Missiles for London Olympic Security Ruffle Residents





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Published on May 3, 2012

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Ground to air missiles—which could bring down an attacking plane—are on show around London as part of the military's Olympic security testing. But some residents in east London are anxious -- and vocal -- about missiles in their vicinity.

In a security tour de force display, Britain's military put on a show of ground-to-surface missiles in the heart of London on Thursday.

The move was part of a week-long security exercise for the Olympic Games.

Rapier radar and missiles, and High Velocity Missiles (HVM) are placed on Blackheath, with the business district of Canary Wharf visible in the background.

There are five other sites around London where missiles will be placed to protect the Olympic Park in the summer.

Air Vice Marshall Stuart Atha says excercises like this are an important part of maintaining deployment capability.

[Stuart Atha, Air Vice Marshall]:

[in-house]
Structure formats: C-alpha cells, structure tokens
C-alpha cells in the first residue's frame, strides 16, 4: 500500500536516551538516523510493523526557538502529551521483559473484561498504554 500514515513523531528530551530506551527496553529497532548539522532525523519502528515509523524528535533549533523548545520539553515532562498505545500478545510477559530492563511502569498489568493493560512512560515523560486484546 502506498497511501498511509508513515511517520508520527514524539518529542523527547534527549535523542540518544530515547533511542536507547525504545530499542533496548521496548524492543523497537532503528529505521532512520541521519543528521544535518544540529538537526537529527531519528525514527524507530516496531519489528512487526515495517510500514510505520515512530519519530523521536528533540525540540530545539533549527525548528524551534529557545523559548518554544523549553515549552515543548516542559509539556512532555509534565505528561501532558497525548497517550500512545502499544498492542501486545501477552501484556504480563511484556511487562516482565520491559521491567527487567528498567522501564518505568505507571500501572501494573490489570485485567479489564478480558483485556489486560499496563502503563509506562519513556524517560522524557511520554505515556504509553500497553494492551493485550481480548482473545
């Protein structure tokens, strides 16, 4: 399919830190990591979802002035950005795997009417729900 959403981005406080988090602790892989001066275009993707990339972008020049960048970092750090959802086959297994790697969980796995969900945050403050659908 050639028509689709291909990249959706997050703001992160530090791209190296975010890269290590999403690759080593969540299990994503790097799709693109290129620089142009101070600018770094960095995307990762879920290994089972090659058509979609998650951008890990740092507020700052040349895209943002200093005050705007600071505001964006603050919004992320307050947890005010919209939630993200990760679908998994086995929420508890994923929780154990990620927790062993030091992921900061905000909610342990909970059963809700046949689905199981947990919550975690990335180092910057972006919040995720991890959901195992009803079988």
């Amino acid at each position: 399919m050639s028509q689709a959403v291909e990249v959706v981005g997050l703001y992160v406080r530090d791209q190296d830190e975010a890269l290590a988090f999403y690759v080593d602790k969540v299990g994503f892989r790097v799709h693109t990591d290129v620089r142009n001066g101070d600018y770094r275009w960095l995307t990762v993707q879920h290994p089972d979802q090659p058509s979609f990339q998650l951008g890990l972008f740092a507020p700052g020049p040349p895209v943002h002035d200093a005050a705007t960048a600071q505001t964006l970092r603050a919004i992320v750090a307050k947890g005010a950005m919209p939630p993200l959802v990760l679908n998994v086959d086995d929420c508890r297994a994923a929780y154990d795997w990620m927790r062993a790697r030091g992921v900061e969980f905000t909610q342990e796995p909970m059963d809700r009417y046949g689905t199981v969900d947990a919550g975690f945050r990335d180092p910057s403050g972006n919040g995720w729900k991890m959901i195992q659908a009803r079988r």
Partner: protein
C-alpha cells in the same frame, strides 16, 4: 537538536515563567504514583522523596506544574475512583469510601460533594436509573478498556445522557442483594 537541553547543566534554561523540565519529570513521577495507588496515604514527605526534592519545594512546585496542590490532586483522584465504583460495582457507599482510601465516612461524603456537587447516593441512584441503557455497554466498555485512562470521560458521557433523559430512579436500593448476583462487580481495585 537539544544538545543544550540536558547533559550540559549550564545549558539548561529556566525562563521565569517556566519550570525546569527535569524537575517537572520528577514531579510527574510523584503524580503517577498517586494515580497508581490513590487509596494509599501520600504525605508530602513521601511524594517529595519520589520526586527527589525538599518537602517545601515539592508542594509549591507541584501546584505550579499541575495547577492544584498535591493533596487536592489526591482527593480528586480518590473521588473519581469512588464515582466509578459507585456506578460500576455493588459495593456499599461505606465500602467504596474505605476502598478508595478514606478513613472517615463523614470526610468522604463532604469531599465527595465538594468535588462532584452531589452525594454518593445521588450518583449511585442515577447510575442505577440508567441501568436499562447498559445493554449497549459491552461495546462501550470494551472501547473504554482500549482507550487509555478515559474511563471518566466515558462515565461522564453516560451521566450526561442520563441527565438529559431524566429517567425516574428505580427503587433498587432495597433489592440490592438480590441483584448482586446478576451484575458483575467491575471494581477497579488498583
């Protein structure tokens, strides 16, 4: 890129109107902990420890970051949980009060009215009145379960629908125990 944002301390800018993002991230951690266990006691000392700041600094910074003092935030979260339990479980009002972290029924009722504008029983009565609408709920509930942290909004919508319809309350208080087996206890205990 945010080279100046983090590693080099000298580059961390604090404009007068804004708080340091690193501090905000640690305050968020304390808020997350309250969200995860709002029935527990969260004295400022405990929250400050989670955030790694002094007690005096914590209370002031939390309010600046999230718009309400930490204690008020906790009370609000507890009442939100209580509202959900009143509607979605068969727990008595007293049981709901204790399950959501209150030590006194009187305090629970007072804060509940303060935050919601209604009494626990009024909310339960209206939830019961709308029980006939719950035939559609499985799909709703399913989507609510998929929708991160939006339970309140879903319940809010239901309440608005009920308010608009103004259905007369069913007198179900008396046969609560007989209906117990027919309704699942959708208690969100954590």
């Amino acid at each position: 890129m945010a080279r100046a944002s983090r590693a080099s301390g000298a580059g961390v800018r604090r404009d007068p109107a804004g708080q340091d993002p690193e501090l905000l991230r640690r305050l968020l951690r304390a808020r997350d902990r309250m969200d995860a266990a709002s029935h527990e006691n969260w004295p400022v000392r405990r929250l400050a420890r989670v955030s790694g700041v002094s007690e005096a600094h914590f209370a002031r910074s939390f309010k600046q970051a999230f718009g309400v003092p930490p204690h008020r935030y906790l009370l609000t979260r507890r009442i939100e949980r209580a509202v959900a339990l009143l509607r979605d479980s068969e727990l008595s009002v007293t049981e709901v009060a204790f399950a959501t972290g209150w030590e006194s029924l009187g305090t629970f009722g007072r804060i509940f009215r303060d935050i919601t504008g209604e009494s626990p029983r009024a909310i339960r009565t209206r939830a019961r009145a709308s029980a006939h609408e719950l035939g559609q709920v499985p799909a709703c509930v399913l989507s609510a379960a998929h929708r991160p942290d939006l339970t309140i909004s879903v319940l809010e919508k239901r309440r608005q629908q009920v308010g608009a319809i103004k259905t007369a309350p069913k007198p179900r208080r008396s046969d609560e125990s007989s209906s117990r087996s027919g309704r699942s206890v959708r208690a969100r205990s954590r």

"The first reason for doing it is just to test our system. Just to see are we ready? Would we be ready in the unlikely event that we have to use them? So that's the first thing. But by demonstrating that we have a credible and ready system, we would hope that in that unlikely event that there is someone out there with a malign intent for the Olympics, they would think again."

The military is stressing that the missiles would only be launched in case of an extreme threat, such as a 9/11 type scenario.

One of the locations the High Velocity Missiles may be placed is on the tower of an upscale apartment development near the Olympic Park.

It is the first time such missiles have been deployed in London since the end of World War Two, shocking some residents at the Bow Quarter housing development.

One resident, Brian Whelan, has spoken out strongly against the plan and has consulted a lawyer over potentially blocking the move.

[Brian Whelan, Building Resident]:
"I couldn't imagine what it would be like to walk past armed police to get into my apartment and sleep at night knowing there's missiles above my head, in what is an old red brick match stick factory. So, you know, it wasn't built as a military location. It's an old building. It's been struck by lightning, part of the masonry is crumbling, so I am not sure it is suitable."

The Defence Ministry said in a leaflet sent to occupants on Saturday, that it had chosen the former water tower in the Bow Quarter complex because it offered "an excellent view of the surrounding area and the entire sky above the Olympic Park."

Since the outcry, the Ministry of Defence has sent a small team of people to talk to concerned residents.


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